Your commercial news round-up: World Cup, AI chips, Wilko, law firm operations in China

updated on 24 August 2023

Reading time: three minutes

As the 2023 World Cup came to a close on Sunday, with Spain beating England 1-0 in the final, we take another look at the commercial impact of the tournament, as well as tech giant Nvidia’s AI chip, the latest in Wilko’s administration, and the cited reasons law firms are closing offices in China.

  • The 2023 World Cup generated close to $900 million in revenue, FIFA President Gianni Infantino has revealed. This is the second-highest income from any global sporting event, with the men’s World Cup in Qatar coming out on top. However, there’s still a stark difference between the prize money offered for these two tournaments – the men have a prize pool of $680 million, while the women’s prize pool is just $170 million.

    Meanwhile, prior to the tournament, there were issues securing media rights deals until just a few weeks before games kicked off, with Ebru Köksal, chair of the Women in Football network, describing some of the bids as “unacceptable”. However, once again the stats demonstrate the huge growth in the sport as the global broadcast audience was around two billion and more than 1.7 million tickets were purchased by fans. In the UK, the final between England and Spain hit a peak audience of 12 million viewers, making it the second most-watched event for broadcasters this year. Plus, when comparing to 2019’s tournament, there was a 75% increase in online streaming. Köksal added: “Stats from this World Cup, with all the alleged disadvantages of the time zones, proved once again that the growth of women’s football is exponential and unstoppable.”
  • World leader in AI computing Nvidia says demand for its AI chips has soared, with revenue reaching more than £10.6 billion for the three months to the end of June. According to the Guardian, Nvidia’s AI chips are powering nearly all the world’s major AI apps, including ChatGPT. The tech giant has also predicted that sales will increase even more in the current quarter and has revealed plans to buy back $25 billion of its stock. The company’s stock market value hit $1 trillion this year, making it the fifth publicly listed US company to feature in the ‘Trillion dollar club’ alongside the likes of Apple and Microsoft. Jensen Huang, Nvidia’s chief executive, said: "Companies worldwide are transitioning from general-purpose to accelerated computing and generative AI.”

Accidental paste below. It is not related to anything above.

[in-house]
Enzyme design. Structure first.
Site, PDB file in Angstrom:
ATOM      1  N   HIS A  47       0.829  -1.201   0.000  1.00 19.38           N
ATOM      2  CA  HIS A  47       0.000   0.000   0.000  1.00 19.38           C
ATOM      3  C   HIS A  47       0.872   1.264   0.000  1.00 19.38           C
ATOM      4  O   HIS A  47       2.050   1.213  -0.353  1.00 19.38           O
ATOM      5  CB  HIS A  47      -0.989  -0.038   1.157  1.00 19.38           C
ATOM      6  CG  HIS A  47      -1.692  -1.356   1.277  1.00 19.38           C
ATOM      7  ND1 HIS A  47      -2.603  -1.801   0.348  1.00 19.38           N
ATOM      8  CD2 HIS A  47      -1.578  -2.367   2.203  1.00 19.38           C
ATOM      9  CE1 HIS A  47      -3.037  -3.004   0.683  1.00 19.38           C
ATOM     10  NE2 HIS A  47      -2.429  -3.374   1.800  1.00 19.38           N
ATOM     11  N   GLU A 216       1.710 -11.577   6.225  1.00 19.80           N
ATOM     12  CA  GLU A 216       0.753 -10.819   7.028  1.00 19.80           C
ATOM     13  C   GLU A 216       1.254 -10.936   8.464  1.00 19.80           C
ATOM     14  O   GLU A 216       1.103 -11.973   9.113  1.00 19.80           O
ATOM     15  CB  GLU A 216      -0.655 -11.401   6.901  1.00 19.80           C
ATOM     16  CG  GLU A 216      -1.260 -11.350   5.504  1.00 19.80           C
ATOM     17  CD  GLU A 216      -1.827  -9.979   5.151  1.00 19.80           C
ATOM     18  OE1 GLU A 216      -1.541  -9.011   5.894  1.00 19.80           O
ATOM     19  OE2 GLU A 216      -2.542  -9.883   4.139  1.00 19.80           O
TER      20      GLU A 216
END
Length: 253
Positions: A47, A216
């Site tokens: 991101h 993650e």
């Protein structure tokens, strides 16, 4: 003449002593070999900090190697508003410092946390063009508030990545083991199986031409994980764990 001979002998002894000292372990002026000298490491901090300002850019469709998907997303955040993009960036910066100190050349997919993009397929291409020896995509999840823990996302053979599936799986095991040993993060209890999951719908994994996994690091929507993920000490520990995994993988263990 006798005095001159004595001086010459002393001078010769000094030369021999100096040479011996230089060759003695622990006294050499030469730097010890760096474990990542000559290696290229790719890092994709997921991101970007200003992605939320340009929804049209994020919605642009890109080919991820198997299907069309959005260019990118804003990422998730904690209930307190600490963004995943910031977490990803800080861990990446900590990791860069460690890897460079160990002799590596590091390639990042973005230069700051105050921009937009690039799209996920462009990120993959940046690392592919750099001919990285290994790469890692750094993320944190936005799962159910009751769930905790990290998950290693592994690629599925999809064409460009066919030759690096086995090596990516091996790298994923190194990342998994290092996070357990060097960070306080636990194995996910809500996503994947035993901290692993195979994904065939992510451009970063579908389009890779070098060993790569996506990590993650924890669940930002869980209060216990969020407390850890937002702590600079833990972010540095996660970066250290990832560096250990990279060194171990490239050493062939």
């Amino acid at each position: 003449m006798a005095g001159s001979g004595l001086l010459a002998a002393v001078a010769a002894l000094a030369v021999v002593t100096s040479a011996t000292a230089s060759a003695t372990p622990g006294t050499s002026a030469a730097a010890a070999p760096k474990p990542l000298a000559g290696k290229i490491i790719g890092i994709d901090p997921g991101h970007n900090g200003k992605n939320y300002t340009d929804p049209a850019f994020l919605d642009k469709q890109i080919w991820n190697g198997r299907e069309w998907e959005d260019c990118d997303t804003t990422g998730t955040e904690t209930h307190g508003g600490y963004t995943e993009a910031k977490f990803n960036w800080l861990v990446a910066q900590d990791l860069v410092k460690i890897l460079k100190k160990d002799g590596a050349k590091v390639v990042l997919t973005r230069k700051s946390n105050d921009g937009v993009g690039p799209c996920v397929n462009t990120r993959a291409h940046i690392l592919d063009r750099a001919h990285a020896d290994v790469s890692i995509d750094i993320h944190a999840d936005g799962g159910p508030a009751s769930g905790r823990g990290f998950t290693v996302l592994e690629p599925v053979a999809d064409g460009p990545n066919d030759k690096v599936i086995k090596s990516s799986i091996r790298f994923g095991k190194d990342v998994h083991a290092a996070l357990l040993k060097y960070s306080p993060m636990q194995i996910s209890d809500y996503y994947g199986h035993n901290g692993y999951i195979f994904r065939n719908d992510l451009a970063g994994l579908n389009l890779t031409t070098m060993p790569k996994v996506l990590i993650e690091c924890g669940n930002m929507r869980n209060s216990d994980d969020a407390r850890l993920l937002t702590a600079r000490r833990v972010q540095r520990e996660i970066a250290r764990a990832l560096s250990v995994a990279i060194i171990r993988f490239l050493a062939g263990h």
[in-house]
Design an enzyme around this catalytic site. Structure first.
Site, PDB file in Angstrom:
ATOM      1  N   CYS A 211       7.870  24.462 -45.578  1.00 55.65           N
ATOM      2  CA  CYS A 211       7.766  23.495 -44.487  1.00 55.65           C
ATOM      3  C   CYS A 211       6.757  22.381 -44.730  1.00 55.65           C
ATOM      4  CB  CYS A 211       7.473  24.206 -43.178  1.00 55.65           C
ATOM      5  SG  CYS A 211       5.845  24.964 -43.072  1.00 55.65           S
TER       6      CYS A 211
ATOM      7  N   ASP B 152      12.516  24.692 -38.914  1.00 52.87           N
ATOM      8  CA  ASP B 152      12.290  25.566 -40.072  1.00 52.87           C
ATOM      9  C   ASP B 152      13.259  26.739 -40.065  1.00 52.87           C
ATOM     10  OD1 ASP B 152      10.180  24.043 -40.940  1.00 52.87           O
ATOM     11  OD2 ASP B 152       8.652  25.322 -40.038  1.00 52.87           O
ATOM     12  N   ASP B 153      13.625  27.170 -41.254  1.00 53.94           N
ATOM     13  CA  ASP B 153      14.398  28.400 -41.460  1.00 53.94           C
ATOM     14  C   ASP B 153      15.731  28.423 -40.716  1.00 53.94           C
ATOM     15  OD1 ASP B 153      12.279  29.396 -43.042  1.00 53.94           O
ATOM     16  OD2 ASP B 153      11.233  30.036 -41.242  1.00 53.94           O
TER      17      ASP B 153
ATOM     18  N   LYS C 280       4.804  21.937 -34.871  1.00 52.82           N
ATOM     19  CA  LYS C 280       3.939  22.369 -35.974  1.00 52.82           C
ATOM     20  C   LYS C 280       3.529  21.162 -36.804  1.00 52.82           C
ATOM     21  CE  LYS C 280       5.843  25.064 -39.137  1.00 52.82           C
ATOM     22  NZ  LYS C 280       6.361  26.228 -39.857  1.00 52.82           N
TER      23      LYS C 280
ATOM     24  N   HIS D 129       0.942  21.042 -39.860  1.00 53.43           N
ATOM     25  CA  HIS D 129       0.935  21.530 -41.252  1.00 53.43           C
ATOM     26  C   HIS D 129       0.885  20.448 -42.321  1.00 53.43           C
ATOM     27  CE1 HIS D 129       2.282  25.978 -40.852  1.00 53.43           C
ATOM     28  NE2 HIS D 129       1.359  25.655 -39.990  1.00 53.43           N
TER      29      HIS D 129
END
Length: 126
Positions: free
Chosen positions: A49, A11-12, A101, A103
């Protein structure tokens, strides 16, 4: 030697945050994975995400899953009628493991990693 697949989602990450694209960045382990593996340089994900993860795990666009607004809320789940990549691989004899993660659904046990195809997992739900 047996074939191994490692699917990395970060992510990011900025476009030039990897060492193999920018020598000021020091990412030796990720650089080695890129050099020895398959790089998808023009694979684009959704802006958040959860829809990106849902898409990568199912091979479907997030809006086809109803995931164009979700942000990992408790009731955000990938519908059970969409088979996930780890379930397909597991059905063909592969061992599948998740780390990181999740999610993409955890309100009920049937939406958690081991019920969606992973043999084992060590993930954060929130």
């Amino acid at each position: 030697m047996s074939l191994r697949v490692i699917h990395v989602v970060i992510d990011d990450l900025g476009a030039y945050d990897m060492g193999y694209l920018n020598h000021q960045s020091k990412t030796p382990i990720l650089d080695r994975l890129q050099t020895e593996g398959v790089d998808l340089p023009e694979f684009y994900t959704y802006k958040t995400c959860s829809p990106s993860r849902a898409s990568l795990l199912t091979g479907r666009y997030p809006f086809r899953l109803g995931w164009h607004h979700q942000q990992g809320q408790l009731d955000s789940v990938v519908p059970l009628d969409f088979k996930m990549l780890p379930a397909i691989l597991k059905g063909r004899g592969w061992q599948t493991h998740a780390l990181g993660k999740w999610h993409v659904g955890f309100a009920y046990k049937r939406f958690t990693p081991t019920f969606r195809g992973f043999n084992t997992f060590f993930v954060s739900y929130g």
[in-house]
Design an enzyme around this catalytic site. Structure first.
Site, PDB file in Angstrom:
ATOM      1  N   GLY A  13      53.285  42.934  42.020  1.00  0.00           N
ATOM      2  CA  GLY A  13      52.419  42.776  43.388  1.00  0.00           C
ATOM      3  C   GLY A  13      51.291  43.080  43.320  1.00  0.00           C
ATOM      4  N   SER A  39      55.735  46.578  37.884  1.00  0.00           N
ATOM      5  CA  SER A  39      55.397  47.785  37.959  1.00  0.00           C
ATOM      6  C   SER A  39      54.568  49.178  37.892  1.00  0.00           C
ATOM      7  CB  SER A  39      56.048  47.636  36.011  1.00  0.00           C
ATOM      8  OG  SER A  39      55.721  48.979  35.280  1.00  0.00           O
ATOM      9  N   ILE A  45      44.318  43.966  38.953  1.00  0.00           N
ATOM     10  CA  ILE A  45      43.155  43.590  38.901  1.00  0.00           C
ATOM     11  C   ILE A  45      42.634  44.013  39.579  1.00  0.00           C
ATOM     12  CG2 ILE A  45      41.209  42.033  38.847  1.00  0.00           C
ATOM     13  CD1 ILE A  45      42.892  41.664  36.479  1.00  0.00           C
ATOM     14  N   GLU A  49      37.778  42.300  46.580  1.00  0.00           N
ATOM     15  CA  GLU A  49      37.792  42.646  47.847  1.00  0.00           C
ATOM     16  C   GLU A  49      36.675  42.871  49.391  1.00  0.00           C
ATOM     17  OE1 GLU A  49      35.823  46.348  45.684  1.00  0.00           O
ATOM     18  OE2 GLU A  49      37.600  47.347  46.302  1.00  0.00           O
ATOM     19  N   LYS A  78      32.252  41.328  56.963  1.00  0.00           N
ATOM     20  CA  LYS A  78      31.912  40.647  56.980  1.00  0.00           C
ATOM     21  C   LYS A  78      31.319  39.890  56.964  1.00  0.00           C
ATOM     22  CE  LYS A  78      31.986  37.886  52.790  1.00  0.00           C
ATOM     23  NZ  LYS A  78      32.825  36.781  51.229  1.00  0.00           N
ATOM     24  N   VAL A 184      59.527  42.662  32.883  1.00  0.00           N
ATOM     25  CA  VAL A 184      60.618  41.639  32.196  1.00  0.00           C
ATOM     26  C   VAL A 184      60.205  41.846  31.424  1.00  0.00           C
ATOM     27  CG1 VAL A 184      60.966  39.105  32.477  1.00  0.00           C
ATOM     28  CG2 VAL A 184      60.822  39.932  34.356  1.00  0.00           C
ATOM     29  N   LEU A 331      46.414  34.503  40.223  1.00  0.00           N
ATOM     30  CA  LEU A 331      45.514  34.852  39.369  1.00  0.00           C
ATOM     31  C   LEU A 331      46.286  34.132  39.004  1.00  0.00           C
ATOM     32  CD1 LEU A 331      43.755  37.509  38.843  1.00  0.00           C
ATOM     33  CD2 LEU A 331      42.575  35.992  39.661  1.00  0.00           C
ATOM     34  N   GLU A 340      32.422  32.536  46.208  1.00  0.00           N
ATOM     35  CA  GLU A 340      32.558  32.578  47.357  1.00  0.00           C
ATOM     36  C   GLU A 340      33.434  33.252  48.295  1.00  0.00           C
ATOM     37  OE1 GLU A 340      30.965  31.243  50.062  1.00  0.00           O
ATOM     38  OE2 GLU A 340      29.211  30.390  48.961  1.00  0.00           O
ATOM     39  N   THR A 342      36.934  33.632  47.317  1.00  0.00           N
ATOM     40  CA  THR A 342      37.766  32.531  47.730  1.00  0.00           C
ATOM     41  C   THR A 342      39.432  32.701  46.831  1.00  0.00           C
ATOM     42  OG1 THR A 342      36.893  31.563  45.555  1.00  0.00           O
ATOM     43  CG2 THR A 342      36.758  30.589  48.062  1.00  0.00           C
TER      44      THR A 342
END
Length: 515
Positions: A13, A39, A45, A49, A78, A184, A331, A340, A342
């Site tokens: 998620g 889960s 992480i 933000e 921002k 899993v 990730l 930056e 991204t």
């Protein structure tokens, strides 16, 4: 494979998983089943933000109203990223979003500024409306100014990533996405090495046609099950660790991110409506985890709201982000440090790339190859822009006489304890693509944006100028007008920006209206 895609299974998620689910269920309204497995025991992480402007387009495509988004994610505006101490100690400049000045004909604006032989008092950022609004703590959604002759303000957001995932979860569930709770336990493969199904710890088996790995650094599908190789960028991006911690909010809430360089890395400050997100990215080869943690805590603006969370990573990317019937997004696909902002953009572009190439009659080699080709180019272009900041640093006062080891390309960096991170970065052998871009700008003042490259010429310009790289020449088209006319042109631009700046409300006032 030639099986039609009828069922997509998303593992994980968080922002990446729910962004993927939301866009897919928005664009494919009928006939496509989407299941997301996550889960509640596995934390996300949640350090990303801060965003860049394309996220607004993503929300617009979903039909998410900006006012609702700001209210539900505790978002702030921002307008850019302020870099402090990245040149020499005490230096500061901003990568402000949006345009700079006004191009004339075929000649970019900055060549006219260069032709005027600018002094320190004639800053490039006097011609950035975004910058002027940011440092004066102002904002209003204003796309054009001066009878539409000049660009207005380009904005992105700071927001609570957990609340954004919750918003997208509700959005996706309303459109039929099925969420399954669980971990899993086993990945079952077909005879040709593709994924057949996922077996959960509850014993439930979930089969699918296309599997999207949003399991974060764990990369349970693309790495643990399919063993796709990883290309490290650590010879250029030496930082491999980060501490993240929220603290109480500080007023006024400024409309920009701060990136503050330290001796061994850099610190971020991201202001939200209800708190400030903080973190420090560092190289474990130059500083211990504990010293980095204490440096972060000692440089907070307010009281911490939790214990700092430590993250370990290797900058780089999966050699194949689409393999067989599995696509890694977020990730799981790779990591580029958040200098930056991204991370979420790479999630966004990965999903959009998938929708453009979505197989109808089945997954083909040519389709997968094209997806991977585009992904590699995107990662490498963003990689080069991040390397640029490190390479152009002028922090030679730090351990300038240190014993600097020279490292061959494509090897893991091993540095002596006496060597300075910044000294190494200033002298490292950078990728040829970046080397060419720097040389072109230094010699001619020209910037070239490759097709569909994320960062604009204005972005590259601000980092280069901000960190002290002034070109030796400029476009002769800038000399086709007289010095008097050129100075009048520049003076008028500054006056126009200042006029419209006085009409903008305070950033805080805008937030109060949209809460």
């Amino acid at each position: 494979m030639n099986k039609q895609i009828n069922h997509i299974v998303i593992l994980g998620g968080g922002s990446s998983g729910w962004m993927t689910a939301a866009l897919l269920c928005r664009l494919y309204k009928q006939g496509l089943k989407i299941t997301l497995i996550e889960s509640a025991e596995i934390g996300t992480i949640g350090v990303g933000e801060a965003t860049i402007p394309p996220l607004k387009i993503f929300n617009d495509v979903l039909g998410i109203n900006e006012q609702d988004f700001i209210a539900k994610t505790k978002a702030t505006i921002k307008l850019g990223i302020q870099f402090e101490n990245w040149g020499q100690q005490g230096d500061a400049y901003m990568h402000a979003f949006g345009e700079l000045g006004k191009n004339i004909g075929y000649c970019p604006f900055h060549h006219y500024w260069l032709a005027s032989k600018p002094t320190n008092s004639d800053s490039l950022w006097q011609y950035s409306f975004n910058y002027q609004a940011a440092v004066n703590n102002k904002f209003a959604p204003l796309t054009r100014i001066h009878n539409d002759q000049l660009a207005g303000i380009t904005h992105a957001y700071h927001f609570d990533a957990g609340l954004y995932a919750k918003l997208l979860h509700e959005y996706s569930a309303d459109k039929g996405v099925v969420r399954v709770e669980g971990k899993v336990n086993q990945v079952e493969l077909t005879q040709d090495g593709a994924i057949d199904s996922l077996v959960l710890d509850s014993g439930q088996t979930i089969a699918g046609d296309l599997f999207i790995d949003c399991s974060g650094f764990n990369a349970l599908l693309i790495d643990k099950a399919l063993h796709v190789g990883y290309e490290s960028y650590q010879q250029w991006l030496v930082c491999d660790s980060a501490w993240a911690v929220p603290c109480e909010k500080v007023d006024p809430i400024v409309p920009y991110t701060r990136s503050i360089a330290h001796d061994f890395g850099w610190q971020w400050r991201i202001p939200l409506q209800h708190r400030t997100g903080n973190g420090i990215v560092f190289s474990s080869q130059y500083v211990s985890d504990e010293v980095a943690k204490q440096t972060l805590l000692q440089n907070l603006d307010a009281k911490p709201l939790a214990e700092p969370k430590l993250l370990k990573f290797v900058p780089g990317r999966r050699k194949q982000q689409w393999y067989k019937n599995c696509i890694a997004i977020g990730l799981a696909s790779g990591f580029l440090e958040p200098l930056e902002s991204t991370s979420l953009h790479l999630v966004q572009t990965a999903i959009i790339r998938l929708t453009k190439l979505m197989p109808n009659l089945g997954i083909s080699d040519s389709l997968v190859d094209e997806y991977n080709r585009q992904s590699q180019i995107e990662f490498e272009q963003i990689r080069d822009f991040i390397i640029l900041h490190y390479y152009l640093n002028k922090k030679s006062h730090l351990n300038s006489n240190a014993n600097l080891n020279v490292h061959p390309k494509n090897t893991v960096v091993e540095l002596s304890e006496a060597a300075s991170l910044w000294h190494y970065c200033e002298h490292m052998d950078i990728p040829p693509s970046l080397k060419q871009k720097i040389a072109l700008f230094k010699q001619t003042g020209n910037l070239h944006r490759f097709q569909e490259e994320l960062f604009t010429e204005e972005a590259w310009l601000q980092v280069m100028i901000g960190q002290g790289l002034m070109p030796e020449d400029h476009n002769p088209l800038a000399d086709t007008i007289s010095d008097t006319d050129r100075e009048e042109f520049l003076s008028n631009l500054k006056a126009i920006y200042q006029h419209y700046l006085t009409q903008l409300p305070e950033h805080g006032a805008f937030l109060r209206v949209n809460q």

• Popular hardware store Wilko has collapsed, putting 12,500 jobs and 400 stores at risk. PwC, which was appointed to find a buyer, said that discussions will continue “with those interested in buying parts of the business” but “it’s clear that the nature of this interest is not focused on the whole group”, meaning redundancies and store closures are likely. There’s no doubt that Wilko will have faced fierce competition from the likes of B&M, The Range, Poundland and Home Bargains, all of which have been linked with a potential acquisition of former Wilko assets.
  • US firm Latham & Watkins has announced it’ll be closing its Shanghai office after 20 years in the financial centre, citing a slowing economy and tougher business conditions for western businesses operating in China. Its mainland China services will now be run from a “consolidated hub” in Beijing. This follows Dentons’ decision to sever ties with Dacheng as a result of new rules and requirements relating to data privacy, cyber security, capital control and governance, according to the Financial Times. A person close to Dentons said there was “no way around” the restrictions, making it impossible to guarantee to clients that their “secret is safe”. Ropes & Gray International LLP has also moved some of its China-based resources to Hong Kong.

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